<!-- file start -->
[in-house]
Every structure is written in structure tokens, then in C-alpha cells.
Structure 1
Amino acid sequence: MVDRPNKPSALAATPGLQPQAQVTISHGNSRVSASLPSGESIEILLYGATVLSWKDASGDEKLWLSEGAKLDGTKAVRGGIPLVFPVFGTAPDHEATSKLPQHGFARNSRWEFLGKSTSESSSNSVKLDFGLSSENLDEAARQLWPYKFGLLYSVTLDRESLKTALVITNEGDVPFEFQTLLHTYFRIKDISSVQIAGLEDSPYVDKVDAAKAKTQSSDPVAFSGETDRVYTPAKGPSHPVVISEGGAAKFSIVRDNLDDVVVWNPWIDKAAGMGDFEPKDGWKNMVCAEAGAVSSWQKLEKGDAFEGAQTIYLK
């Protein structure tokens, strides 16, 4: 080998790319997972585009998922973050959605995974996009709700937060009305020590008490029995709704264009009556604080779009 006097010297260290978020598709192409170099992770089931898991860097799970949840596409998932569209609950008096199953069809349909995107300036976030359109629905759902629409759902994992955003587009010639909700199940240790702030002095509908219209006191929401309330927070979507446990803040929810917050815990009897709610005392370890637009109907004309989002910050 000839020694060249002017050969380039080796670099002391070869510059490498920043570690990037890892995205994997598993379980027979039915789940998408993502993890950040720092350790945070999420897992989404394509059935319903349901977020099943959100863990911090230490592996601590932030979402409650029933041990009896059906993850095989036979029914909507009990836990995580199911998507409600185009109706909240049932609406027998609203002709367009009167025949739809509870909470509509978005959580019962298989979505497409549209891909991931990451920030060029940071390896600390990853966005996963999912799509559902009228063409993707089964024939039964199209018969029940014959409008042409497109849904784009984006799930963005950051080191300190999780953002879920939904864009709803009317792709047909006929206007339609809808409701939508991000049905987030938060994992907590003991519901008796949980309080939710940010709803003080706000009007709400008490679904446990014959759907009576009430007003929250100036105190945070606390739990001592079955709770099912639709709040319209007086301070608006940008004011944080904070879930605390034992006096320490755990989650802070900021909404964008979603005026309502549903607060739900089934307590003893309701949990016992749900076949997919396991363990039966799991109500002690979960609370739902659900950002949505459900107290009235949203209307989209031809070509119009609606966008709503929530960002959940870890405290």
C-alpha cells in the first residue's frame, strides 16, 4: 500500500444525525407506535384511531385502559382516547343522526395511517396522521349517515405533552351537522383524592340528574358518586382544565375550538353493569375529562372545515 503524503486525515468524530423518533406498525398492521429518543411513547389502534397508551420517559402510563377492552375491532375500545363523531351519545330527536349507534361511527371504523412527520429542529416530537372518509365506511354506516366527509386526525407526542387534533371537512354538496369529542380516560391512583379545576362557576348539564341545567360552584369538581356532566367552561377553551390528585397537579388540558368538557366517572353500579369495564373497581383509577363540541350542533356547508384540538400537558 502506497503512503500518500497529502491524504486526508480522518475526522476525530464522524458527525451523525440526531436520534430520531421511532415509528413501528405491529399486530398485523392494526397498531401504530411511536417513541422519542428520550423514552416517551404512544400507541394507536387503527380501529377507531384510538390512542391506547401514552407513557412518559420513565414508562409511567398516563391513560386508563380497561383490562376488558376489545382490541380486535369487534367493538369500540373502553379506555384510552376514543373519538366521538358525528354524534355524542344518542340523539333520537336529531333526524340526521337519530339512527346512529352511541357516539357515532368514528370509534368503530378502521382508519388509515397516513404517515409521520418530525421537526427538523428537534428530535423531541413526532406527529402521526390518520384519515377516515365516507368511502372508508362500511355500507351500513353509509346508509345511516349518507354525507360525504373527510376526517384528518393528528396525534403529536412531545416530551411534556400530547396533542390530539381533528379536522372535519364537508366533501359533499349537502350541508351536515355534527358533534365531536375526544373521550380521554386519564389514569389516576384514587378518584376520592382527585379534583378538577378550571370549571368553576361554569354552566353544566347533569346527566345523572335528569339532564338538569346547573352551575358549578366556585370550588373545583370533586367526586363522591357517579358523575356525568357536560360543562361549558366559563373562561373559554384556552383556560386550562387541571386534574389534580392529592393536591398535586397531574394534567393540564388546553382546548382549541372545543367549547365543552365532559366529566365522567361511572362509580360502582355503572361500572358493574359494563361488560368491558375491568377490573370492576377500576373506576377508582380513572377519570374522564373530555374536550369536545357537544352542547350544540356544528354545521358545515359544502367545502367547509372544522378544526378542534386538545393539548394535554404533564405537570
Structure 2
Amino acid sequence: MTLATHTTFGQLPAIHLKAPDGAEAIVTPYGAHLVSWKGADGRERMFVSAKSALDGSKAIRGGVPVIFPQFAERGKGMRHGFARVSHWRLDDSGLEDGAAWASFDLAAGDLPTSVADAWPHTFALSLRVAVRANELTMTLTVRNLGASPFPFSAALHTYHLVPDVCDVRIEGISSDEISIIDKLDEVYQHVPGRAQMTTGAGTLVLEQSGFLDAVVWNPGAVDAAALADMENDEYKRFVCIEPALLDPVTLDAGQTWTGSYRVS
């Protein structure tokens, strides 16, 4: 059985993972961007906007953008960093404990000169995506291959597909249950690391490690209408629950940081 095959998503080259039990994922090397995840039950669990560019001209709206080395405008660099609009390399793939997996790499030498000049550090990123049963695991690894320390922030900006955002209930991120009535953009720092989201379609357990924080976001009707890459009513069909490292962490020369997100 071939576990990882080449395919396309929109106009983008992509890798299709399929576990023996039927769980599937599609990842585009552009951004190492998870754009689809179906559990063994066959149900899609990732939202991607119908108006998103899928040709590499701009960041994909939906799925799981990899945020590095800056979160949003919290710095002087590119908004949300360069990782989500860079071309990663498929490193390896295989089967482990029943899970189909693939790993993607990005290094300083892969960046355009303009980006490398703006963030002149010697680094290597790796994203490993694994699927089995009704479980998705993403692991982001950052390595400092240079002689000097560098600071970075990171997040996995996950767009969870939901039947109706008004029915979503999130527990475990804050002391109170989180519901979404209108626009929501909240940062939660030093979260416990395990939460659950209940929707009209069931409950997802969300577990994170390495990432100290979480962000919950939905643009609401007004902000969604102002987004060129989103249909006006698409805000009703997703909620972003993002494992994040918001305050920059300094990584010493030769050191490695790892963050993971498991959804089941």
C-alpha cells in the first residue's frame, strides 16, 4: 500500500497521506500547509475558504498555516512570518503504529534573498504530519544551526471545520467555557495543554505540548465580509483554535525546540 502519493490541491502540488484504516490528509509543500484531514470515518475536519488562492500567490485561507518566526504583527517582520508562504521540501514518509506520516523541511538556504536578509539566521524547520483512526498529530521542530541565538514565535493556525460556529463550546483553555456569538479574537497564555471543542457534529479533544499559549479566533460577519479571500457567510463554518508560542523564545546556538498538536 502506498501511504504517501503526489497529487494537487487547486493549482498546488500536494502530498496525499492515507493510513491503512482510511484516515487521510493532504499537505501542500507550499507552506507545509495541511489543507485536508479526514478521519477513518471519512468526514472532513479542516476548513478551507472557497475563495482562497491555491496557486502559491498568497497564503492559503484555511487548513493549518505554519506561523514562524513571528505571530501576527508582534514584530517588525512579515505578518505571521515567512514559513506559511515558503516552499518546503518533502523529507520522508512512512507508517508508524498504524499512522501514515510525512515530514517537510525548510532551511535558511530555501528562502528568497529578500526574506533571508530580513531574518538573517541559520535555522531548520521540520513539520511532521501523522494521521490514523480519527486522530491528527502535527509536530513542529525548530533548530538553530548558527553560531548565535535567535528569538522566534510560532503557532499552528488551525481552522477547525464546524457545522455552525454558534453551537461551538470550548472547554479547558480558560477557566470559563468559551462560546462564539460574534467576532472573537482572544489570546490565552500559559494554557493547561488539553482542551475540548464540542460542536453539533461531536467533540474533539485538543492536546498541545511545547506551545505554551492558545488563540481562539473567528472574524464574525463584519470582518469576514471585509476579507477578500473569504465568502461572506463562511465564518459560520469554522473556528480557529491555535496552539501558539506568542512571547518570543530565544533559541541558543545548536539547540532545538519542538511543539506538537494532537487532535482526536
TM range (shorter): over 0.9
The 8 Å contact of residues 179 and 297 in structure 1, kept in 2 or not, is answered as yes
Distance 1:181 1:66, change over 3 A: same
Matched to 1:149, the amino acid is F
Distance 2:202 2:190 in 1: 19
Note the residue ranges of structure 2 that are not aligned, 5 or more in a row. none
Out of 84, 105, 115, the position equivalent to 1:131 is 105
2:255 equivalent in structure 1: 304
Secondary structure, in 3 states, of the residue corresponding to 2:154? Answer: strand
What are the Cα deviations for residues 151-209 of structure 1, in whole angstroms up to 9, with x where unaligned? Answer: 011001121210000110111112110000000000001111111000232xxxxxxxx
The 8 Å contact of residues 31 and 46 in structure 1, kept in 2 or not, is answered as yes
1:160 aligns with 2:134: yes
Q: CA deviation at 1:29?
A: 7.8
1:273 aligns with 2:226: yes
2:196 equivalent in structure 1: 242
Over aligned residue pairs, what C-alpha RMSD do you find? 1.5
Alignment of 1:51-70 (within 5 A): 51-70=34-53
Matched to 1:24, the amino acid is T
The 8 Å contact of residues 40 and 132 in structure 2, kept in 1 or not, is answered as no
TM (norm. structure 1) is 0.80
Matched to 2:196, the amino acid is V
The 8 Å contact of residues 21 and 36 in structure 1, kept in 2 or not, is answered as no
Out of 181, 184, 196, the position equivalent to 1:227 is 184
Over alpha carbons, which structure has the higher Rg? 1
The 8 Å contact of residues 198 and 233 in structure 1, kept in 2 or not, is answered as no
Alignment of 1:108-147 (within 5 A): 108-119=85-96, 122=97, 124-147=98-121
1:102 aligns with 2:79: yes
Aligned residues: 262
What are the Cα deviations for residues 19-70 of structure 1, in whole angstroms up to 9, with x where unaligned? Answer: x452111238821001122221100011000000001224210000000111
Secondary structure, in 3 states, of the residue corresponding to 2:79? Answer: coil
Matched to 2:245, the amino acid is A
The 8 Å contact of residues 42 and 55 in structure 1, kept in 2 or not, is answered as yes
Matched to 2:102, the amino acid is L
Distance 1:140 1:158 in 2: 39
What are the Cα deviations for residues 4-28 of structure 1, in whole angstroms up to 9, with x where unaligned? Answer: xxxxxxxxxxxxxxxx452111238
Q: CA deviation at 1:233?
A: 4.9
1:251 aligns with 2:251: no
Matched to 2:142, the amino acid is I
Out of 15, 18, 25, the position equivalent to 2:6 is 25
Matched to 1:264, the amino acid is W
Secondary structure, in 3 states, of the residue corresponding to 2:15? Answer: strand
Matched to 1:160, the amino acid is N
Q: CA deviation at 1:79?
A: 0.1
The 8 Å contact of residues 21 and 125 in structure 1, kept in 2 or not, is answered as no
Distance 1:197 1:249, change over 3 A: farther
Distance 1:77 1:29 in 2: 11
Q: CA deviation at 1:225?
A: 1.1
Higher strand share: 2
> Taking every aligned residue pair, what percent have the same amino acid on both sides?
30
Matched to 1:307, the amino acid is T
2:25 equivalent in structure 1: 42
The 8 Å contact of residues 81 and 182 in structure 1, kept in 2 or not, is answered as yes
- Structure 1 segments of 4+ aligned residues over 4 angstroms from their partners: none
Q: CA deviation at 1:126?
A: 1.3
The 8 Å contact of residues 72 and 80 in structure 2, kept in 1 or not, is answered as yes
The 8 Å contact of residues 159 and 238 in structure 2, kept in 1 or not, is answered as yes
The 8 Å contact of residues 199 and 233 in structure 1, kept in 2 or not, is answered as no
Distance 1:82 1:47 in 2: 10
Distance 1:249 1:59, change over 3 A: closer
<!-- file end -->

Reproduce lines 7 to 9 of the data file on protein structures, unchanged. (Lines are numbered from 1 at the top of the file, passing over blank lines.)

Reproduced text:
Structure 2
Amino acid sequence: MTLATHTTFGQLPAIHLKAPDGAEAIVTPYGAHLVSWKGADGRERMFVSAKSALDGSKAIRGGVPVIFPQFAERGKGMRHGFARVSHWRLDDSGLEDGAAWASFDLAAGDLPTSVADAWPHTFALSLRVAVRANELTMTLTVRNLGASPFPFSAALHTYHLVPDVCDVRIEGISSDEISIIDKLDEVYQHVPGRAQMTTGAGTLVLEQSGFLDAVVWNPGAVDAAALADMENDEYKRFVCIEPALLDPVTLDAGQTWTGSYRVS
């Protein structure tokens, strides 16, 4: 059985993972961007906007953008960093404990000169995506291959597909249950690391490690209408629950940081 095959998503080259039990994922090397995840039950669990560019001209709206080395405008660099609009390399793939997996790499030498000049550090990123049963695991690894320390922030900006955002209930991120009535953009720092989201379609357990924080976001009707890459009513069909490292962490020369997100 071939576990990882080449395919396309929109106009983008992509890798299709399929576990023996039927769980599937599609990842585009552009951004190492998870754009689809179906559990063994066959149900899609990732939202991607119908108006998103899928040709590499701009960041994909939906799925799981990899945020590095800056979160949003919290710095002087590119908004949300360069990782989500860079071309990663498929490193390896295989089967482990029943899970189909693939790993993607990005290094300083892969960046355009303009980006490398703006963030002149010697680094290597790796994203490993694994699927089995009704479980998705993403692991982001950052390595400092240079002689000097560098600071970075990171997040996995996950767009969870939901039947109706008004029915979503999130527990475990804050002391109170989180519901979404209108626009929501909240940062939660030093979260416990395990939460659950209940929707009209069931409950997802969300577990994170390495990432100290979480962000919950939905643009609401007004902000969604102002987004060129989103249909006006698409805000009703997703909620972003993002494992994040918001305050920059300094990584010493030769050191490695790892963050993971498991959804089941």